(Apologies to Clement Clarke Moore)
‘Twas the night before Christmas, and all through the house,
Not a creature was stirring, not even a mouse.
The teenagers sprawled all awry in their beds,
While visions of skateboards caromed in their heads.
And I with my headset and glossary too
Had just settled in for a session or two.
Telephonic interpreting seemed to make sense
To help pay a bit of the Christmas expense.
I’d picked up the phone and was just signing on
When something big zoomed by outside and was gone.
And up on the rooftop I heard such a noise,
I muted my microphone, really annoyed.
“Now what could that be?” I grumped, a bit irked,
“They know not to bother me when I’m at work.
I’ll just have to go check; I can see I’m committed.
Background noise when interpreting isn’t permitted.”
I crept from my office and down the front stairs
And into the living room, not a bit scared,
When what from the fireplace suddenly appeared
But a man dressed in red with a fuzzy white beard.
The cap on this head and his bag did the trick;
I could tell in a moment this must be St. Nick.
But he didn’t look jolly or jovial or cheery.
“Quick girl, do you speak any Reindeer?” he queried.
Now it happens that I, among other fine traits,
Am facile with languages, and I speak eight.
Among them –a secret not too many know –
Are Penguin and Reindeer and a smidgen of Crow
Which I learned one September when I was just two
And I got left behind at the Woodland Park Zoo.
(A wonderful place if you want to learn Trout;
But the wolves’ accent I never could figure out).
So there I was talking to jolly St. Nick
Who looked like he might be about to be sick.
“I need an interpreter! I’m in a stew.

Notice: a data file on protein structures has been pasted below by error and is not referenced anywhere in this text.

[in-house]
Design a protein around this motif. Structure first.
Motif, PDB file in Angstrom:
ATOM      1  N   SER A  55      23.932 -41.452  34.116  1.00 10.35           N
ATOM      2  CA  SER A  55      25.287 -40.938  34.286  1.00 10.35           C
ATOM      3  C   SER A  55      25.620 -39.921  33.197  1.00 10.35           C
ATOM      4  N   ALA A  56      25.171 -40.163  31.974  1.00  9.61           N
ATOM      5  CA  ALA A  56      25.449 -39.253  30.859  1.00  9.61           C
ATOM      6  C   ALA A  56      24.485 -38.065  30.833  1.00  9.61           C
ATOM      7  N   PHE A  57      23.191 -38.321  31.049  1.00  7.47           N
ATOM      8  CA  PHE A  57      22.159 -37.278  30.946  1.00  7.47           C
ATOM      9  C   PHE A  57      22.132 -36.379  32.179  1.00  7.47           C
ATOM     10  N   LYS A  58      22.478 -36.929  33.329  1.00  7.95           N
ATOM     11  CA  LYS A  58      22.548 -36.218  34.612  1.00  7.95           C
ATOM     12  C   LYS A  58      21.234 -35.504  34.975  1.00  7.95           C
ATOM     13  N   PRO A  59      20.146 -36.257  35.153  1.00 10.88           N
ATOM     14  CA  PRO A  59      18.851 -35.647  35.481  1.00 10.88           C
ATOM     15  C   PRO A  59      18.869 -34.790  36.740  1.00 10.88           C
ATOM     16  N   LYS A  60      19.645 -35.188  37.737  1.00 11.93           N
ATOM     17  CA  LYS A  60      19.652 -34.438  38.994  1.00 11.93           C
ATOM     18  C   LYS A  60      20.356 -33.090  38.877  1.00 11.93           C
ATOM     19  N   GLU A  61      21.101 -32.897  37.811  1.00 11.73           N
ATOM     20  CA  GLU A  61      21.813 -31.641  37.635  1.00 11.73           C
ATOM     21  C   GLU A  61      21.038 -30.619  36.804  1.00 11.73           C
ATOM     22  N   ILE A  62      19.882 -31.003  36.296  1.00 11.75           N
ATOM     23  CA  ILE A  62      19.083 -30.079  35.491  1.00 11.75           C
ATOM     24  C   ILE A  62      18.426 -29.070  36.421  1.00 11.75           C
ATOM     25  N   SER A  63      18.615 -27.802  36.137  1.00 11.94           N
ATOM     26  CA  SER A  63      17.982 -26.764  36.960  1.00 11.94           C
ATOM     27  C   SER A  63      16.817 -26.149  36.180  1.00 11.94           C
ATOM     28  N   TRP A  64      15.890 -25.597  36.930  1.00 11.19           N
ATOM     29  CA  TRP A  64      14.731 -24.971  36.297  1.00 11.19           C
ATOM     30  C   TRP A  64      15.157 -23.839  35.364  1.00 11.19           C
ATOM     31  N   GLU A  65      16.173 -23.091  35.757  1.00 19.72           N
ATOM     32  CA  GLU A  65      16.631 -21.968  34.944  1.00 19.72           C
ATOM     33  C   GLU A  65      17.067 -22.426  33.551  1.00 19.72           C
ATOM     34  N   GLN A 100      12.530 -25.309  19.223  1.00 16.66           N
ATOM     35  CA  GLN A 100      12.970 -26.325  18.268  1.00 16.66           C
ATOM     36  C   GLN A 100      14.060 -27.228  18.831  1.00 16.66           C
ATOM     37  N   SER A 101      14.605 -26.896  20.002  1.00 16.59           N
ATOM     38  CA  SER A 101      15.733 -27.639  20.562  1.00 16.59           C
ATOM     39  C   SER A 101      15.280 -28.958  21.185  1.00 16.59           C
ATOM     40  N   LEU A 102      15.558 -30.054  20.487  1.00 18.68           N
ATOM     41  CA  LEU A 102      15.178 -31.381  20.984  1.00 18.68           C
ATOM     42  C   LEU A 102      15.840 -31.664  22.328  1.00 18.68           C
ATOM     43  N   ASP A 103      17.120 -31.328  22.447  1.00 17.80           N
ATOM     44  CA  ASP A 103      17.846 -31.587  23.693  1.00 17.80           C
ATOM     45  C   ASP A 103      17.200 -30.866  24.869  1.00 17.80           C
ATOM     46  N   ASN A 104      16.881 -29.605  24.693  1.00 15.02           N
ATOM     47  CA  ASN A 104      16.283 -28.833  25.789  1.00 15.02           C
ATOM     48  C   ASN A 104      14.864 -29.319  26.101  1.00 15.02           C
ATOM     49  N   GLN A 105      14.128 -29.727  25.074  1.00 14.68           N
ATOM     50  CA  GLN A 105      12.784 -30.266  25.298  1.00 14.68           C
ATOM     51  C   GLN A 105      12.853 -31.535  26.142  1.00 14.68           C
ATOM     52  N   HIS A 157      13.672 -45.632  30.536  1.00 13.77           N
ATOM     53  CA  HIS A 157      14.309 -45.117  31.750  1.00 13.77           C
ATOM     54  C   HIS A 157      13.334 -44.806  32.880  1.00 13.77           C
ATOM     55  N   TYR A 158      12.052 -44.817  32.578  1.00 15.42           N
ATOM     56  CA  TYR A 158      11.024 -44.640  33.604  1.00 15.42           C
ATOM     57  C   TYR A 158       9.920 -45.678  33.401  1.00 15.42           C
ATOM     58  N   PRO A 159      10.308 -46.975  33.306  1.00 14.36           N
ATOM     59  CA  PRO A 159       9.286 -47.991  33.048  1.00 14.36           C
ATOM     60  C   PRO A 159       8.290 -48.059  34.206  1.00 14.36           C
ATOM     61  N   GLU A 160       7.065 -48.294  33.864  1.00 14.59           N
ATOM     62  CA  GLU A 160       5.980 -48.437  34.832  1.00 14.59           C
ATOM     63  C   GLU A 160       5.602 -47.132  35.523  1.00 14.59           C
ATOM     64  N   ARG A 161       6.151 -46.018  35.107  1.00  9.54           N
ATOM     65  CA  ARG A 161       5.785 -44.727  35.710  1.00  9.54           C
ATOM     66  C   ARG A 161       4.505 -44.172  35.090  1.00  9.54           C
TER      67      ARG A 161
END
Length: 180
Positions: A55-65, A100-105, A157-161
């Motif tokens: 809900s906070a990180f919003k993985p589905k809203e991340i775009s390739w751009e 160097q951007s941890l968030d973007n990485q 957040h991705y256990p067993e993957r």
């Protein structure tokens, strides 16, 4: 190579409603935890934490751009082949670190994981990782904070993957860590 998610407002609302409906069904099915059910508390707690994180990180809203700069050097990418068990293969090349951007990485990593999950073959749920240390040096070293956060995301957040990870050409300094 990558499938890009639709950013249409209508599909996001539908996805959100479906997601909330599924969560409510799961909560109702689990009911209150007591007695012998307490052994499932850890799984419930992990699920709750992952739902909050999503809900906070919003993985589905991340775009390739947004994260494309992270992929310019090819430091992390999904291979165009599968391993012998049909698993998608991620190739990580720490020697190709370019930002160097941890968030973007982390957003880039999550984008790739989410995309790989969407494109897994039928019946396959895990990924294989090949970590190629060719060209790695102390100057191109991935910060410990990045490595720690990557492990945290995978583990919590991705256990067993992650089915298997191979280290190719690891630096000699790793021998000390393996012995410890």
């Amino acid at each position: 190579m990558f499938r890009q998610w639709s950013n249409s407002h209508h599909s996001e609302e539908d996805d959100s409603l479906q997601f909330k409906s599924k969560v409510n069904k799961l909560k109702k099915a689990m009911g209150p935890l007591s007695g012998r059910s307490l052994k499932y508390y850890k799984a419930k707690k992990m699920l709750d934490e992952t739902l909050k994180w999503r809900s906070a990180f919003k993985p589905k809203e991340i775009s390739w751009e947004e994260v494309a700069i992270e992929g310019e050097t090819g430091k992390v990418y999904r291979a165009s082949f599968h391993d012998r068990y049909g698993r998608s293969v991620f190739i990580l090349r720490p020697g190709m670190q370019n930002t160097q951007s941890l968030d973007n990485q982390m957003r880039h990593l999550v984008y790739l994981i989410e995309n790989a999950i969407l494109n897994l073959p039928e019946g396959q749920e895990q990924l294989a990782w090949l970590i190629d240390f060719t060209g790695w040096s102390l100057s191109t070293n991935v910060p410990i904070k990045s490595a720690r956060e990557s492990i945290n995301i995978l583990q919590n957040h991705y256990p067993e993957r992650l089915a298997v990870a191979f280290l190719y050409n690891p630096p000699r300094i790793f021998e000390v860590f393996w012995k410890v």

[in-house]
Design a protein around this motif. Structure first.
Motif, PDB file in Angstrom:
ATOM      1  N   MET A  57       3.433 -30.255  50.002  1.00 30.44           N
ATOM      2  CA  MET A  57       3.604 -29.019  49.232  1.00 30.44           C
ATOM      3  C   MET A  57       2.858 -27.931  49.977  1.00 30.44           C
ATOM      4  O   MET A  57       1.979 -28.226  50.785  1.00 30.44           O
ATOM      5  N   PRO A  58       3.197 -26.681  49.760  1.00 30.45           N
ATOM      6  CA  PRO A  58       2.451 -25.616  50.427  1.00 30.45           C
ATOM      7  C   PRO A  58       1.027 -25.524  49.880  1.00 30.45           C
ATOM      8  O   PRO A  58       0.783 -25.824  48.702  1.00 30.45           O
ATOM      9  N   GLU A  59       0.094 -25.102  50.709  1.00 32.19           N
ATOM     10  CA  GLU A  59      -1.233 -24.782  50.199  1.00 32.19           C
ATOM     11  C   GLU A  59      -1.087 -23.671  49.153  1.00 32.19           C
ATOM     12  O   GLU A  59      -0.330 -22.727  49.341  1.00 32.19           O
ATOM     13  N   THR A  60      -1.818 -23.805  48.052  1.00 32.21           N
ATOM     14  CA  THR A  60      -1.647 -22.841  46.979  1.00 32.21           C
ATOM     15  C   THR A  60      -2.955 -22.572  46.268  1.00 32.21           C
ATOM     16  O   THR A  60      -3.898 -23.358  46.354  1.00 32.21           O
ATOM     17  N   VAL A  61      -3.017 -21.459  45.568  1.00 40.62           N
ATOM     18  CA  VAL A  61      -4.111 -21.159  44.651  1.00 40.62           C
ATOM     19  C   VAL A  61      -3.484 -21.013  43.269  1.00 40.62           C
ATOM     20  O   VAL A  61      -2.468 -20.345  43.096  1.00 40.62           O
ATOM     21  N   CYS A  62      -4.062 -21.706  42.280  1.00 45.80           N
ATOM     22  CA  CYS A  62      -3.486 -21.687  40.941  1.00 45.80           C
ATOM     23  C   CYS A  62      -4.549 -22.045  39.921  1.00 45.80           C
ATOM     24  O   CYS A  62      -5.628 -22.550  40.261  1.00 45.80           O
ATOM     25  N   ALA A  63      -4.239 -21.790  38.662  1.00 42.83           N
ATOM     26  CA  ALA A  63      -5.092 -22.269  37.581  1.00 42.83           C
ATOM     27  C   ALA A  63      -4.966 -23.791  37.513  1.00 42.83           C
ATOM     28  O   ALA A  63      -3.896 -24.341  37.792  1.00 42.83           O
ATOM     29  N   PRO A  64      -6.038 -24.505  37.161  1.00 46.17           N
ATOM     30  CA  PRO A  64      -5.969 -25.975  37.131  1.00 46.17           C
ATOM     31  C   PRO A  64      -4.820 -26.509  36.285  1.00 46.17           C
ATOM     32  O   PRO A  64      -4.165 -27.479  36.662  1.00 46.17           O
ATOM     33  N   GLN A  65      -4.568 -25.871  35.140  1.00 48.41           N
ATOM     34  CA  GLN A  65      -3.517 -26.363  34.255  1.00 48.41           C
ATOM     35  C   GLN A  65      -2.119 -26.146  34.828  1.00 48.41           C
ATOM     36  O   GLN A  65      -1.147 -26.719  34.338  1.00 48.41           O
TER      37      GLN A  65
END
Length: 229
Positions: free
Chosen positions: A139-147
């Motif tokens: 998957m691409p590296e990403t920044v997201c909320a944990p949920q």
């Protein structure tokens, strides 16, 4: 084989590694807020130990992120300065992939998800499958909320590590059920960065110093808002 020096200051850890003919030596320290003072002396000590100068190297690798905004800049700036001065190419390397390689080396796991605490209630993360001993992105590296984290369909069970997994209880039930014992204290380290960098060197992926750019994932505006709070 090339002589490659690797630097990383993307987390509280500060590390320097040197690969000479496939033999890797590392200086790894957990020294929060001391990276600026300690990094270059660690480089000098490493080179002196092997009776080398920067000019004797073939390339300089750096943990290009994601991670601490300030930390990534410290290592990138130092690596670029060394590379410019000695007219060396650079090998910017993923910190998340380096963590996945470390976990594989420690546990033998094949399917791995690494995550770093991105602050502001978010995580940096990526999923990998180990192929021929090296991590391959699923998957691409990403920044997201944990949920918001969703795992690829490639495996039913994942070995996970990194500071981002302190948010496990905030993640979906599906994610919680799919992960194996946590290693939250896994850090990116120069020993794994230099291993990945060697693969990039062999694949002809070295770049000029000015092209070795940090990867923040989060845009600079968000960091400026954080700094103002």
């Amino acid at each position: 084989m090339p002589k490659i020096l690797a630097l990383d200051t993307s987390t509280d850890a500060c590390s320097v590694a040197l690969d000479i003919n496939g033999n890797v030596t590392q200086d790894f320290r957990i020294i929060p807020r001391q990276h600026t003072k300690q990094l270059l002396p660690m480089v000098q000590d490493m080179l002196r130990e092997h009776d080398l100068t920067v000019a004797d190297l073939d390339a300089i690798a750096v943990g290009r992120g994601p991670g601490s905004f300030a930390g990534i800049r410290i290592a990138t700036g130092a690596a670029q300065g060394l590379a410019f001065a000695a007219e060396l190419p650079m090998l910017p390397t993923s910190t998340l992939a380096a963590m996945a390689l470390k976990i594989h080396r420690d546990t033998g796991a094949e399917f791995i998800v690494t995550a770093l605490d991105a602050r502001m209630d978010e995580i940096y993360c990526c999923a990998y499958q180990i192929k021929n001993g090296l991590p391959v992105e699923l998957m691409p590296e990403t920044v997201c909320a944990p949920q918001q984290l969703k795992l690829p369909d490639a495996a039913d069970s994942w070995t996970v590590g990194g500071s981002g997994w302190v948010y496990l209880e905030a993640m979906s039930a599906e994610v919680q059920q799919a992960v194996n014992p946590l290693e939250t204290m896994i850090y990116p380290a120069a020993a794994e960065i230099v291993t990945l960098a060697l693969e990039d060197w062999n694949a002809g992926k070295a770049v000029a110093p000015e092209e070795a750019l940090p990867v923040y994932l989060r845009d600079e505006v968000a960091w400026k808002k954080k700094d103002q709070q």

The reindeer won’t fly. I don’t know what to do!
I need to find out what the problem could be,
But I don’t speak Reindeer, and they can’t talk to me.
I’ve shouted, used sign language, practically cried!”
“This sounds like a job for a pro,” I replied.
The next thing I knew I was up on the roof
With the red-suited man and his reindeer to boot.
I did a quick pre-session, gave a small glance
And faded back in my interpreting stance.
It didn’t take long, to old Santa’s delight,
To learn that the elves had the harness too tight.
A terrible problem (but easily fixed)
When you’re pulling a sleigh with a whole load of gifts.
The harness adjusted, the reindeer at ease,
St. Nick left some presents down under the tree.
Then he handed me one that he’d left till the end.
“And this is for you now, my bilingual friend,
To thank you for saving our Christmas this year.
What would we have done if you hadn’t been here?”
Then I opened the box and I smiled to myself,
For I found there a bilingual gloss’ry of Elf.
We laughed and I wondered just how he had known
I’d been studying Elf late at night all alone.
He leaned close and said, “We sure need you around.
Chief North Pole Interpreter – how does that sound?”
Then putting his finger aside of his nose,
He smiled and then up the chimney he rose.
And I heard him cry as he zoomed off with a streak,
“Merry Christmas to you all, whatever you speak!”
Excerpted from Healthcare Interpreting in Small Bites: 50 Nourishing Selections from the Pacific Interpreters Newsletter, 2002–2010 with permission from Language Line Solutions.
Cynthia E. Roat is a national consultant on language access in health care. In addition to training interpreters and interpreter instructors, she assists healthcare administrators improve their language access programs. Ms. Roat is the author of a wide array of key resources in the field, and her book Healthcare Interpreting in Small Bites is used as an ancillary text in various interpreter training programs. She is a founding member of the National Council on Interpreting in Health Care (NCIHC) and is known nationally as an engaging speaker, a knowledgeable resource, and an energetic advocate for language access in general.